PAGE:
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THE GREAT MATHEMATICIANS OF ISLAM

THE GREAT MATHEMATICIANS OF ISLAM

Muslims have made immense contributions to almost all branches of the sciences and arts, but mathematics was their favorite subject and its development owes a great deal to the genius of Arab and Persian scholars. The advancement in different branches of mathematical science commenced during the Caliphate of Omayyads, and Hajjaj bin Yusuf, who was himself a translator of Euclid as well as a great patron of mathematicians.

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CONTRIBUTIONS OF MUSLIMS TO THE FIELD OF MEDICINE

CONTRIBUTIONS OF MUSLIMS TO THE FIELD OF MEDICINE

In the field of medical knowledge, Muslim scientists had several sources on which to base their studies. The first source was Islamic teachings, including many religious requirements concerning hygiene. In addition, there is a saying attributed to Prophet Muhammad that for every disease, God has created a cure. The second source of learning was the body of Greek medical knowledge, developed by Hippocrates and Galen. These contributions were easily integrated into the study of Muslim medicine due to their focus on harmony and balance. A third source was the traditions practiced by Persians, Indians and others who practiced medicine at the teaching center of Jundi-Shapur (Iran). Both Jundi-Shapur and Baghdad had well-developed teaching Hospitals which attracted physicians from afar to study under famous teachers. Among the physicians who helped found the teaching hospital at Baghdad was the Bakhtishu family of doctors, non-Muslims who worked under the patronage of the Muslim rulers.

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ISLAMIC MEDICINE: 1000 YEARS AHEAD OF ITS TIME

ISLAMIC MEDICINE: 1000 YEARS AHEAD OF ITS TIME

Within a century after the death of Prophet Muhammad (peace be upon him) the Muslims not only conquered new lands but also became scientific innovators with originality and productivity. They hit the source ball of knowledge over the fence to Europe. By the ninth century, Islamic medical practice had advanced from talisman and theology to hospitals with wards, doctors who had to pass tests, and the use of technical terminology. The then Baghdad General Hospital incorporated innovations which sound amazingly modern. The fountains cooled the air near the wards of those afflicted with fever; the insane were treated with gentleness, and at night the pain of the restless was soothed by soft music and storytelling. The prince and pauper received identical attention; the destitute upon discharge received five gold pieces to sustain them during convalescence. While Paris and London were places of mud streets and hovels, Baghdad, Cairo, and Cardboard had hospitals open to both male and female patients; staffed by attendants of both sexes. These medical centers contained libraries pharmacies, the system of interns, externs, and nurses. There were mobile clinics to reach the totally disabled, the disadvantaged and those in remote areas. There were regulations to maintain quality control on drugs. Pharmacists became licensed professionals and were pledged to follow the physician’s prescriptions. Legal measures were taken to prevent doctors from owning or holding stock. in a pharmacy. The extent to which Islamic medicine advanced in the fields of medical education, hospitals, bacteriology, medicine, anaesthesia, surgery, pharmacy, ophthalmology, psychotherapy, and psychosomatic diseases are presented briefly.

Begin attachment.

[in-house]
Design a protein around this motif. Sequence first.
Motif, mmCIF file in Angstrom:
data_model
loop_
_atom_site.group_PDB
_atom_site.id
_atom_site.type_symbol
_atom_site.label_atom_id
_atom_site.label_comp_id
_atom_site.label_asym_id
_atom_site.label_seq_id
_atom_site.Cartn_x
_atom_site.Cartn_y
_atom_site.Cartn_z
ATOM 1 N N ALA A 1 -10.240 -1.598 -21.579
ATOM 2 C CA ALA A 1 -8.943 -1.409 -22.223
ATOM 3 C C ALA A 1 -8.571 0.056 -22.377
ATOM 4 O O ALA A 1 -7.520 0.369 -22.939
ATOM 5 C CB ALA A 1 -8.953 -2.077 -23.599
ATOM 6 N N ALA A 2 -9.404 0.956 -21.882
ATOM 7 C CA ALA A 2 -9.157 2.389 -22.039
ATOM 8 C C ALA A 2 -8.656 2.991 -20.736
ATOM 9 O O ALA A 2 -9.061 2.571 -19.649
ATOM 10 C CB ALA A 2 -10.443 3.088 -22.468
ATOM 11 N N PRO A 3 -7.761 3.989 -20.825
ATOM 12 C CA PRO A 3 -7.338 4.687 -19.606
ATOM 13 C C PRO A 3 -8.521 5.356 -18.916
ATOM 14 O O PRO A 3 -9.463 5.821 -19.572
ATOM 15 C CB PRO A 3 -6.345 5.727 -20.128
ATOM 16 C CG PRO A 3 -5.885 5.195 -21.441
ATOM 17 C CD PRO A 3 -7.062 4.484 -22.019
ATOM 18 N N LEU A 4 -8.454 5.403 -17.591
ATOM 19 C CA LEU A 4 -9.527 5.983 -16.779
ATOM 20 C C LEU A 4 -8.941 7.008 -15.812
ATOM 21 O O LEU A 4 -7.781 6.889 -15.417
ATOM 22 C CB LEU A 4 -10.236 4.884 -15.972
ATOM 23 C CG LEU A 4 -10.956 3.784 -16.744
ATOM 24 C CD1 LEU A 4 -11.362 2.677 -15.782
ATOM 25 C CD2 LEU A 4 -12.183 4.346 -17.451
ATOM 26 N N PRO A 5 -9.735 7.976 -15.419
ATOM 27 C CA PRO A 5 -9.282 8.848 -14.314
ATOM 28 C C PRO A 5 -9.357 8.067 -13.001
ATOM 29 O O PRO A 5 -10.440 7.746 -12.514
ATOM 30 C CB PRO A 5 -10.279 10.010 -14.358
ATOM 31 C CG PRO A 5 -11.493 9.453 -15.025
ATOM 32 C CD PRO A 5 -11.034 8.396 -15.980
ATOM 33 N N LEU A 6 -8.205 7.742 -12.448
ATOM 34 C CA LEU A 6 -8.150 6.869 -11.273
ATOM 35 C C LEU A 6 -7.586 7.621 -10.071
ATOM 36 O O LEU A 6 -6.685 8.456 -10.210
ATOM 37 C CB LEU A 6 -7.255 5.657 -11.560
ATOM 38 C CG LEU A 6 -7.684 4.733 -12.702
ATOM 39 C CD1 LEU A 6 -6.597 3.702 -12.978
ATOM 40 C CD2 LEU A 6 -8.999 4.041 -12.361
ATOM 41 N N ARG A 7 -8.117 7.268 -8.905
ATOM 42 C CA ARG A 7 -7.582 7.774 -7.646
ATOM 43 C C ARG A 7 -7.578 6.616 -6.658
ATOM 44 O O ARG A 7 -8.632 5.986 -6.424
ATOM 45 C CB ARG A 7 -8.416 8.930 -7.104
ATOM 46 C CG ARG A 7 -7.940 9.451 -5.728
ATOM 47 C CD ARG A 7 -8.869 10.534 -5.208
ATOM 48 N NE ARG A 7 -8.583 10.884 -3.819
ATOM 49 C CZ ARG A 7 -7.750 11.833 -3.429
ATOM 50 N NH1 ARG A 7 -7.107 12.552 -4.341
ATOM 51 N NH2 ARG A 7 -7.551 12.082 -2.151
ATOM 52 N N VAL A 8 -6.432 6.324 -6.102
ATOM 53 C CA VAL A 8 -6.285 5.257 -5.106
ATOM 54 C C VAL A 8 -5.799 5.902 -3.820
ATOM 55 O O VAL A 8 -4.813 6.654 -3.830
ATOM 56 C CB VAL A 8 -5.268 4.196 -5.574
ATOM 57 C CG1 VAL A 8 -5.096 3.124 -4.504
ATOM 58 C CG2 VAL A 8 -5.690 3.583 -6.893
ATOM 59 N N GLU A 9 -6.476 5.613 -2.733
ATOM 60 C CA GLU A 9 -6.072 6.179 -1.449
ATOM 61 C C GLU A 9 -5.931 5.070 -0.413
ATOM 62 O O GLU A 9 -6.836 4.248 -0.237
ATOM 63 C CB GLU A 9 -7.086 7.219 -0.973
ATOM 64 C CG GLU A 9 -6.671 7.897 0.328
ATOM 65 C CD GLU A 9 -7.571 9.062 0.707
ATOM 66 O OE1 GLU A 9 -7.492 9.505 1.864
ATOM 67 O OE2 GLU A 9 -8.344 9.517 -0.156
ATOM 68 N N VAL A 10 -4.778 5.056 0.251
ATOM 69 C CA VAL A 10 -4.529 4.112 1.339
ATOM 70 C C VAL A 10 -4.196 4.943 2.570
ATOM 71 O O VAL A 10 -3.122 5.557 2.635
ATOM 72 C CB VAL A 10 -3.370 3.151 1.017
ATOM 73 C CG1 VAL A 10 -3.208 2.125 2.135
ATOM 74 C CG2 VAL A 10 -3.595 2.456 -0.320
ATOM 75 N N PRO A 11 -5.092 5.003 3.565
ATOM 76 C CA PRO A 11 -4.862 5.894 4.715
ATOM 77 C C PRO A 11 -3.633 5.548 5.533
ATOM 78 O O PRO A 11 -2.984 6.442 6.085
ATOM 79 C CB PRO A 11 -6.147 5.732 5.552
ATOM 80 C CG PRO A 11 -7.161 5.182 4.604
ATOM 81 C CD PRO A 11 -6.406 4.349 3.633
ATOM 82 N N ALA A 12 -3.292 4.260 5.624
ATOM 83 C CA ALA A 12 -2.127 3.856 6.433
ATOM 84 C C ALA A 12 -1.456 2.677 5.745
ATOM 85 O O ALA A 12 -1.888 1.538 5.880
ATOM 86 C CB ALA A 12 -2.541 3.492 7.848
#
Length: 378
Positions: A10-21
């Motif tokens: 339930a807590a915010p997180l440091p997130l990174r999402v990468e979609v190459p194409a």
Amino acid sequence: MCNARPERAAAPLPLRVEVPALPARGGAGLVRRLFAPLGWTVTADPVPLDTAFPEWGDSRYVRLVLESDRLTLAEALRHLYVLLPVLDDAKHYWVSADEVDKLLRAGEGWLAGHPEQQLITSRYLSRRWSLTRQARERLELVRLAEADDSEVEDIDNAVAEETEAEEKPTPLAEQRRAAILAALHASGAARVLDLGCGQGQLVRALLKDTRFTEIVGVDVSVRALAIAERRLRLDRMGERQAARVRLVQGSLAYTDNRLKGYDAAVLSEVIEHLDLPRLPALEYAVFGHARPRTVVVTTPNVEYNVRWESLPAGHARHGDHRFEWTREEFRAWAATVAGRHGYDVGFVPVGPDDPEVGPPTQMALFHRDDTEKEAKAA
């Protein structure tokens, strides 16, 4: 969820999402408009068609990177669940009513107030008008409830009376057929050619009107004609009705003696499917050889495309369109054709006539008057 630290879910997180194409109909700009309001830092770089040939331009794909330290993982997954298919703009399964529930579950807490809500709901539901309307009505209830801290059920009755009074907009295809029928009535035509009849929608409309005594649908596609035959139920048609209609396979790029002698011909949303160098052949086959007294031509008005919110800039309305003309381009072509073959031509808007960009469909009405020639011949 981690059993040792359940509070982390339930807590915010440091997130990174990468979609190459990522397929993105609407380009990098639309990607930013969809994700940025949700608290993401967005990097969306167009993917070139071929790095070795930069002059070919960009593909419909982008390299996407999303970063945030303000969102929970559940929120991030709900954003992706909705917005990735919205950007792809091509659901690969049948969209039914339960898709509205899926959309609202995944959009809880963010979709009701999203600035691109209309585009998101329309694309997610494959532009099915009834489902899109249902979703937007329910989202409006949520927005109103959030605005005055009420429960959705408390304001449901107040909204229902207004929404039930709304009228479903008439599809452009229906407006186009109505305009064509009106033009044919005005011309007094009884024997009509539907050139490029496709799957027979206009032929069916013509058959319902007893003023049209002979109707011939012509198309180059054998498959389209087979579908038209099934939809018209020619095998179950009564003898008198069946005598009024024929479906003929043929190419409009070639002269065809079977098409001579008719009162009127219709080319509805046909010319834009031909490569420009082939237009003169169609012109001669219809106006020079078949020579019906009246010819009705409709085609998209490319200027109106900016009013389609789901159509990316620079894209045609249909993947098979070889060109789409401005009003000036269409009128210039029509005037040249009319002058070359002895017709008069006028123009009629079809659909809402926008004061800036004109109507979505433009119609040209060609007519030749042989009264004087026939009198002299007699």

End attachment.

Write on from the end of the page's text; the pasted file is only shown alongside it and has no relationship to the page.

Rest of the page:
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FACTS ON ASTRONOMY FROM THE QUR’AN

FACTS ON ASTRONOMY FROM THE QUR’AN

Allah said: This is no less than a reminder to (all) the worlds. And you shall certainly know the truth of it (all) after a while. (Qur’an 38:87-88).

Thus, the Qur’an is a reminder for all of mankind until the Last Hour. It contains information that man discovers in due time. Because this Qur’an was revealed from Allahs knowledge and every single verse in it was revealed with Allahs knowledge, as He Himself said:

But Allah bears witness that what He has sent unto you He has sent with His (own) knowledge… (Qur’an 4:166).

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FACT FILE ON MUSLIM CONTRIBUTIONS TO SCIENCE AND TECHNOLOGY

FACT FILE ON MUSLIM CONTRIBUTIONS TO SCIENCE AND TECHNOLOGY

The contribution of Muslims to Human Civilisation is a fact of history that cannot be denied. Even the greatest non-Muslim scholars have stood testimony to this fact, in the numerous volumes they have produced over the centuries. It has been revealed that Muslims made cataclysmic and revolutionary additions and prognoses of the knowledge that existed then. Without their mention, we would make a serious injustice on our part, on our own civilization and modern values.